While you’re so thrilled to be moving, your teen isn’t yet on board. In his or her mind, this isn’t a good time. Your child is busy, striving to forge an identity, be accepted by peers, and transition into young adulthood. Though relocating isn’t part of your teen’s plan, you can help your child change gears. Here’s how to make moving easier for your teen.
1. Validate Your Child’s Reservations
Empathize with your child by putting yourself in his or her shoes. From a teen’s perspective, the move may only represent loss and painful change. Envision what’s ahead for your teen: leaving friends, school, favorite hangouts, and vested interests behind. The prospect of losing what’s most familiar is bound to make a teen resistant.
To invite conversation about the objections, share the challenges you’re facing by moving, then ask what troubles your teen most about relocating. By acknowledging your child’s complaints, you’re showing support. Plus, knowing you genuinely care about his or her concerns paves the way for cooperation.
2. Discuss the Pluses of Moving
Explain how your new home and location will be better for your child. Perhaps his or her room will be larger, or the family can now have a pet. Maybe the new school offers more electives or subjects of special interest to your teen.
Highlight the fact that San Diego has so many cool places to see. For example, there’s SeaWorld and its water park, pristine beaches, awesome museums at Balboa Park, whale-watching cruises, and exciting professional baseball at Petco Park.
Next, sit with your teen at the computer and research your prospective neighborhood. Gather exciting details about the area, such as a local recreation center, unique shops, and eateries. If you’re moving to a condo in downtown San Diego, ask your condo association for recommendations about safe places in the neighborhood where teens like to gather. If feasible, visit the new community in advance of moving. Arrange a school tour and ask about the clubs, teams, and after-school programs available.
Shining a positive light on what’s ahead gives your teen fun things to anticipate. Additionally, the more your child knows about the area, the less scary it will seem.
3. Involve Your Teen in Planning and Preparation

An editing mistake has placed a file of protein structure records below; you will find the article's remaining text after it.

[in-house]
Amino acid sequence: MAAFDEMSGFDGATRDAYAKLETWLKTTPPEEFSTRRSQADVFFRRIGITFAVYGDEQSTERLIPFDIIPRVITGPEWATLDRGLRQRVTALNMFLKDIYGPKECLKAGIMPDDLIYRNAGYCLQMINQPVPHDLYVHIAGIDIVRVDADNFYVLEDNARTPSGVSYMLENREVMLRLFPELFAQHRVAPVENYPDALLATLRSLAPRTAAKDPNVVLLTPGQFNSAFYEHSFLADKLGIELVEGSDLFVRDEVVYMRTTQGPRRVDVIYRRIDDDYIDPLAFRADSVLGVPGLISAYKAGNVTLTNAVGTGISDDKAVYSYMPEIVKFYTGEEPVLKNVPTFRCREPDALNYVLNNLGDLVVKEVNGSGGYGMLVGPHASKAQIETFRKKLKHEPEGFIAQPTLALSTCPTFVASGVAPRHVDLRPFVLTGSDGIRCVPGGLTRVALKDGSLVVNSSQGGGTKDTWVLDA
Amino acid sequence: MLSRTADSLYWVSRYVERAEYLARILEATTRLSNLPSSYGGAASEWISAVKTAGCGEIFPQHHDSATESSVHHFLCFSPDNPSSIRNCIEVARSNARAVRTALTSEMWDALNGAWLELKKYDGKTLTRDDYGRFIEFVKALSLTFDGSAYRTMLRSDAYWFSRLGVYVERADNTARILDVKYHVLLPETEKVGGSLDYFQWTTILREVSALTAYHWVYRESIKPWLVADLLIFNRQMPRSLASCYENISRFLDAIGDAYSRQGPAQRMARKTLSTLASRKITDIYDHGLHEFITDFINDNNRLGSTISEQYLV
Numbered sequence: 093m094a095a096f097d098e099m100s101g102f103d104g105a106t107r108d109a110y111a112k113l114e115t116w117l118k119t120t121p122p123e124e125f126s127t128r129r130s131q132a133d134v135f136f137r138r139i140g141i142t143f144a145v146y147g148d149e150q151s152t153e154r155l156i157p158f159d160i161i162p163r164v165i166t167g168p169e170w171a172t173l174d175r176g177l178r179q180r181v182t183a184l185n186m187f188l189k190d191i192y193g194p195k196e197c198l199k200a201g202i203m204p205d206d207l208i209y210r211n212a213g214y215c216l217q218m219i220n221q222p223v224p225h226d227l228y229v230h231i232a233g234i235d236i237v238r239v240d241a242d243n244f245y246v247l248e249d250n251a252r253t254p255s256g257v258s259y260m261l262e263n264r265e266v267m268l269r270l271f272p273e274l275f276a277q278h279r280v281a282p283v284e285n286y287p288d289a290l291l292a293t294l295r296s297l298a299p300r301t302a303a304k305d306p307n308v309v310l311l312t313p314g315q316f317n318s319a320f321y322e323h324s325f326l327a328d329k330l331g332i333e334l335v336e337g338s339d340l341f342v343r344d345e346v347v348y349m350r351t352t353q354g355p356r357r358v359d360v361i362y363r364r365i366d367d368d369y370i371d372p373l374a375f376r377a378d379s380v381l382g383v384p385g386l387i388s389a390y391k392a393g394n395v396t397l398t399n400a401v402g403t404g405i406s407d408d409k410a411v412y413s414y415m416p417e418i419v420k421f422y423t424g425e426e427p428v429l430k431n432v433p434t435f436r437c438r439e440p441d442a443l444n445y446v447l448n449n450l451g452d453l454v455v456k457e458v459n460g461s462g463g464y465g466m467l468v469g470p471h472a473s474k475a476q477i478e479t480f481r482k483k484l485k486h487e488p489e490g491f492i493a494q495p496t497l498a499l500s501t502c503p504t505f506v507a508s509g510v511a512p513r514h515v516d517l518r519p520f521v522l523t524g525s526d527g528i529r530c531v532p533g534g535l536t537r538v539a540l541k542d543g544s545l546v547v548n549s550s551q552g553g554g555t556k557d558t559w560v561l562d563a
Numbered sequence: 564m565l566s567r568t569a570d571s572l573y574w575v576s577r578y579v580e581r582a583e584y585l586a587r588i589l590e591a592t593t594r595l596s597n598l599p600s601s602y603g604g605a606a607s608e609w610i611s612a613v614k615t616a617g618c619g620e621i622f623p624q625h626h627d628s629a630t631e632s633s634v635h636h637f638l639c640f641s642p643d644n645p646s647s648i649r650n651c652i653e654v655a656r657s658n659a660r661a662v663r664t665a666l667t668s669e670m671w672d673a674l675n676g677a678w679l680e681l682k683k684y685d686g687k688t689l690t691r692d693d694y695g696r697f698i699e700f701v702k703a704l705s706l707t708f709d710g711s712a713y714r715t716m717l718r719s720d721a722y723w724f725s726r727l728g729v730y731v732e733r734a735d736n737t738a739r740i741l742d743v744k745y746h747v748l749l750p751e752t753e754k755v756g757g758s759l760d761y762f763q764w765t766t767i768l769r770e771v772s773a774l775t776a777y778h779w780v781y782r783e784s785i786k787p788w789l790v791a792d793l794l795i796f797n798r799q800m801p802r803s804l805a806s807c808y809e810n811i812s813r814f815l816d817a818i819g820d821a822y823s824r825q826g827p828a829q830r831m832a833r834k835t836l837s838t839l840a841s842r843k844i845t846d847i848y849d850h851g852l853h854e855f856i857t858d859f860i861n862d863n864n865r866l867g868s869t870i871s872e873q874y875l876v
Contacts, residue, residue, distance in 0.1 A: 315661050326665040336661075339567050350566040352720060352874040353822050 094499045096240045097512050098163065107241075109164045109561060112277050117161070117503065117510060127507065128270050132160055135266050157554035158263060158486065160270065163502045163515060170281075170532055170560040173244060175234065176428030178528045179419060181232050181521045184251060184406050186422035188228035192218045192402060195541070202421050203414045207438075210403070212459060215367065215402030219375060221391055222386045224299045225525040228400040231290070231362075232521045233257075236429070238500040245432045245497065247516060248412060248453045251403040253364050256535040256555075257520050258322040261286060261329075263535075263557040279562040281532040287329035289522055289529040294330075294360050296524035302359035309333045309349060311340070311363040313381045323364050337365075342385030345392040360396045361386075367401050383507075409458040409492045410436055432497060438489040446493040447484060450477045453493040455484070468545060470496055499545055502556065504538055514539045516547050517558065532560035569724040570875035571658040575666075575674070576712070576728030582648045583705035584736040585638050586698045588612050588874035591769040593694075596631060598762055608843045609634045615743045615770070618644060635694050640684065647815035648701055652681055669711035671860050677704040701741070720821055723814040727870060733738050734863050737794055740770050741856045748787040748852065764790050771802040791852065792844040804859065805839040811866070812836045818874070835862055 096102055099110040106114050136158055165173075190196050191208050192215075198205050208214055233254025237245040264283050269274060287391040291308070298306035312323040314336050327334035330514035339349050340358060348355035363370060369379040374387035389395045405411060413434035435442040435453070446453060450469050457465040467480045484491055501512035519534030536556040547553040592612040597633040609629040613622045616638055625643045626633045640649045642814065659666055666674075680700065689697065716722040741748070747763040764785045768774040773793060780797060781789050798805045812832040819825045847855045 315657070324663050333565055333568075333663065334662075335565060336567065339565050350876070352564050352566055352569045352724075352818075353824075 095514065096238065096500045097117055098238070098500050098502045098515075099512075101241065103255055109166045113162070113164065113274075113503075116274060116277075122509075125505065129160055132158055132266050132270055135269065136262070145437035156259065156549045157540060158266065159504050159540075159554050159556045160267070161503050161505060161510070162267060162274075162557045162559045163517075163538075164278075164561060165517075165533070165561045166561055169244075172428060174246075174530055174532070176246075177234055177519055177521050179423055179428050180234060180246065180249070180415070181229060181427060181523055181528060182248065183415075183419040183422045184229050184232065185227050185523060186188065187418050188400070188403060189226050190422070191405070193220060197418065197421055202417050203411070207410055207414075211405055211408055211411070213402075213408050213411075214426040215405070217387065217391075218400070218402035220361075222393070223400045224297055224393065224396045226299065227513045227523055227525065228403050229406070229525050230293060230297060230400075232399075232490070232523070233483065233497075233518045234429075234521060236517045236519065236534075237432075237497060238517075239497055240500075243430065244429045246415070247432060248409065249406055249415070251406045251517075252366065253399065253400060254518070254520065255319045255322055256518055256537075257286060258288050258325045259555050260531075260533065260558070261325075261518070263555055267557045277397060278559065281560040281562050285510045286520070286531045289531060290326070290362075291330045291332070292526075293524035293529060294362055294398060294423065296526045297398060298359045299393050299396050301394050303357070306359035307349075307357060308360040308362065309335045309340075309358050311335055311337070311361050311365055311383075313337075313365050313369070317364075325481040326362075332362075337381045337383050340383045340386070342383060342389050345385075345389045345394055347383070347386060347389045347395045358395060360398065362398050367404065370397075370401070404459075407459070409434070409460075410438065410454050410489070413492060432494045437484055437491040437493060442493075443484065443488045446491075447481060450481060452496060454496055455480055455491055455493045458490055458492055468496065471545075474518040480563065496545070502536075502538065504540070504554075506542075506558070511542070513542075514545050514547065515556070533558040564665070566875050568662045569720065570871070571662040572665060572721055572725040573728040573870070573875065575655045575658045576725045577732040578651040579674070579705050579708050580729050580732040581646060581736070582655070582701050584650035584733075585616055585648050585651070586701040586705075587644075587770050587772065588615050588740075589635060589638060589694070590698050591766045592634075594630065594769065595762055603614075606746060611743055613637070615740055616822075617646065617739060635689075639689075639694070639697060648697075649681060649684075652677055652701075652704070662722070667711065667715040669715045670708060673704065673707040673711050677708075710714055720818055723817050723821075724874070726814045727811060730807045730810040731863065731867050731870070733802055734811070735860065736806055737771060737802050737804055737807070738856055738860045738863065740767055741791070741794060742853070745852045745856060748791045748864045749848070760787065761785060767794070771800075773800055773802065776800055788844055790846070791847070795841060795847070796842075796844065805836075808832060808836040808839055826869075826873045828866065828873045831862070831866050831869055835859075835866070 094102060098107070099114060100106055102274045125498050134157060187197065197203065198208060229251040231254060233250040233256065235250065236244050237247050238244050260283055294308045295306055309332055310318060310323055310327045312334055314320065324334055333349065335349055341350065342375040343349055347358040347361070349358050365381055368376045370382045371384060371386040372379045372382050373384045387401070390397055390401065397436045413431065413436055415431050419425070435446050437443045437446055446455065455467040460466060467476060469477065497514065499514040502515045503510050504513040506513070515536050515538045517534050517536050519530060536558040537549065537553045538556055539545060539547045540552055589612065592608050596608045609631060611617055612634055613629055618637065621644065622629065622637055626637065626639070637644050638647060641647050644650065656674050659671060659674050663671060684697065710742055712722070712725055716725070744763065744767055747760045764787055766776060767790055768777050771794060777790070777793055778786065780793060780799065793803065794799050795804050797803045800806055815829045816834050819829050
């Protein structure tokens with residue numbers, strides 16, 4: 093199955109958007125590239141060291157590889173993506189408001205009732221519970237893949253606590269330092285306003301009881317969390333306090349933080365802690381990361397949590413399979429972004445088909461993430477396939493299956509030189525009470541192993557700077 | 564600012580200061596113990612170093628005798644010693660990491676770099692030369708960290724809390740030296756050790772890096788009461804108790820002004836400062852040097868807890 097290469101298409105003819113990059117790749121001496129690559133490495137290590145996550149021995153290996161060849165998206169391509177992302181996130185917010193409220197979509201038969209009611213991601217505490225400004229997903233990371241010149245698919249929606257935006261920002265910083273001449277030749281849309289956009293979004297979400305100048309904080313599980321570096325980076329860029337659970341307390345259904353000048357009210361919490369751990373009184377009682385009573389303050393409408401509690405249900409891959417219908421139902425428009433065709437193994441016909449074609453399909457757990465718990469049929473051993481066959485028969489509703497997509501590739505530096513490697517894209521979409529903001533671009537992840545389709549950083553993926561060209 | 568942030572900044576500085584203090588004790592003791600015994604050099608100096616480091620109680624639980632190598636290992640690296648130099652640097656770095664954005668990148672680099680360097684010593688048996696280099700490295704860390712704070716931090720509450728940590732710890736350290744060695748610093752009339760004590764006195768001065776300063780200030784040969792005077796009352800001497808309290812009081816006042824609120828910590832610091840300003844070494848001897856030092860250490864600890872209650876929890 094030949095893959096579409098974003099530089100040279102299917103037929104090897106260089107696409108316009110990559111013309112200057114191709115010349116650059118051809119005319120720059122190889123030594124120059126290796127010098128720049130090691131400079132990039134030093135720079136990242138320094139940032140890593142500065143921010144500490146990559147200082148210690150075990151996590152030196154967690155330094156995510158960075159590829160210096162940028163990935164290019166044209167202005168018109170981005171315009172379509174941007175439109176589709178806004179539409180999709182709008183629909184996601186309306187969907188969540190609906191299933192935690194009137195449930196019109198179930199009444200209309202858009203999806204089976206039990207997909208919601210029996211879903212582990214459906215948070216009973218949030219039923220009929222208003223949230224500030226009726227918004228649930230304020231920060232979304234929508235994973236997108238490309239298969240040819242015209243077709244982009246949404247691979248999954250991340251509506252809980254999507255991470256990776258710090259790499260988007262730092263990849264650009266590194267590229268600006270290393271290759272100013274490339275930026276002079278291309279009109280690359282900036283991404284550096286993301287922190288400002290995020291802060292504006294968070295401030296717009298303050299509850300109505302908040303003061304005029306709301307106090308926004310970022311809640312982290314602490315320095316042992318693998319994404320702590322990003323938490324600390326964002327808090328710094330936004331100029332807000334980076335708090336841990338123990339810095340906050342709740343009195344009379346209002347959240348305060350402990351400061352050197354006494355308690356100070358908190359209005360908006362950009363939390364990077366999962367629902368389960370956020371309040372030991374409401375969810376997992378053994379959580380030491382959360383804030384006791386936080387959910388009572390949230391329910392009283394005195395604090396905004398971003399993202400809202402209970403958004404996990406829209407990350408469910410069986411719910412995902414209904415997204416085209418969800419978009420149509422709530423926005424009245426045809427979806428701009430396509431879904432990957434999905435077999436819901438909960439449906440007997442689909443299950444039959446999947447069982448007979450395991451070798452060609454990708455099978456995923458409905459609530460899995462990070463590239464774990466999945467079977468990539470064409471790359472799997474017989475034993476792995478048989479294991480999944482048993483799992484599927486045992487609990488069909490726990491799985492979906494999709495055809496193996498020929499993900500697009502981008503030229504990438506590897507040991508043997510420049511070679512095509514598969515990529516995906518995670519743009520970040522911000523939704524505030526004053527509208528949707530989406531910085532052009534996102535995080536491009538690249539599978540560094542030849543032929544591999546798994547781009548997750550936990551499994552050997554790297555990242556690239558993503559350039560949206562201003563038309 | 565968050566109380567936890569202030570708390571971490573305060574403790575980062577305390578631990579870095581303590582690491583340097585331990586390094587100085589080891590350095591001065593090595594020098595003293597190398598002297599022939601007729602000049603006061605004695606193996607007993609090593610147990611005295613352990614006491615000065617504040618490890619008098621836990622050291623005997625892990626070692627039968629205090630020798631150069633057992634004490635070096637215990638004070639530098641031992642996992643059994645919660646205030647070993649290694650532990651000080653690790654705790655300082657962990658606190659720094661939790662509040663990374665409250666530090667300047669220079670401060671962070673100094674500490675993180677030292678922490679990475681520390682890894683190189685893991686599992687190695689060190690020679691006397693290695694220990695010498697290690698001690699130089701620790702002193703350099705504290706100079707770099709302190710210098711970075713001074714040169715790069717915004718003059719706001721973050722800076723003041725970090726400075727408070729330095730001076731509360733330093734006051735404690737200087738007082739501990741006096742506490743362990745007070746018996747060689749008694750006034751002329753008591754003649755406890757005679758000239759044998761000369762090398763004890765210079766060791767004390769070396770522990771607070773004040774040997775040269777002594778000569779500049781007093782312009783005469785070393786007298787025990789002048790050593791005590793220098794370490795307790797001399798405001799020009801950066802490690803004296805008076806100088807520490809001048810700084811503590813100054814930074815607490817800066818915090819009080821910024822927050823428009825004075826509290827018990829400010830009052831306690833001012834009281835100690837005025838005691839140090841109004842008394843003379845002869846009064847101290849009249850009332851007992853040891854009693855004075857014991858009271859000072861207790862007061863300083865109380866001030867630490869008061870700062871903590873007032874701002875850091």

Including your son or daughter in decision-making shows you value your child’s input. It also sparks enthusiasm. Offering choices provides a sense of control and independence. Let your teen choose the paint color for his or her new room. Ask for ideas on furniture arrangement and how to decorate the house.
While paring down possessions, ask for your teen’s thoughts on what to keep, discard, and give away. If you’re holding a yard sale, enlist your child’s help in organization and setup, such as posting flyers and displaying items.
When packing, give your teen significant jobs, such as wrapping fragile objects and writing box labels. For every contribution your child makes, show genuine appreciation.
4. Ease Saying Goodbye and Staying Connected
Hold a “See You Later” event. Ask your child for the setting he or she would like, such as a pizza party or sleepover. Whatever context your teen chooses, include making a scrapbook with the guests among the activities. Such a keepsake will commemorate your child’s close relationships and promote feelings of security.
To prepare, take your teen to a craft store for supplies. Together, choose an album, refill pages, fine-tipped scissors, permanent markers, a paper trimmer, cardstock, patterned papers, acid-free adhesive, and magazines. For embellishments, buy stickers, sequins, brads, and pre-inked rubber stamps.
Next, assemble any photos you already have of your child and guests at shared events. Also, bring an instant camera to the gathering to add candid photos to the album. At the party, ask each attendee to create a scrapbook page that includes his or her home address, phone number, email address, and birthday. This way, your child can keep in touch.
Send each person home with a token gift by which to remember your teen. After the party, have your child present the scrapbook to other people he or she loves, such as teachers, coaches, and extended family. The addition of the warm sentiments will make the album complete.
5. Establish Roots in Your New Community
Once you’ve moved, maintain your normal daily routines to provide a sense of stability. At your first opportunity, register your child for school. Even if you move during the summer, enroll early, giving your teen a chance to complete assigned reading or projects. Find out if the school offers a club, camp, or team your child can join to make friends before the semester starts.
Also, ask the administrative secretary if the school has a peer mentor program. In some high schools, upperclassmen befriend new students, guiding them to classrooms and giving support. If mentoring is provided, obtain student contact information and urge your teen to reach out. If there are no student guides, inquire about orientation classes.
Next, encourage your child to get involved in the community and make new connections. Options include checking out a local service organization, youth group, sports team, or animal shelter. Once your teen has some pals, invite them over to hang out.
Meanwhile, stay alert for signs of maladjustment in your teen, including hibernating in the bedroom, falling grades, and changes in eating and sleeping patterns. If you’re concerned, seek professional counseling, either from the school staff or a private counselor.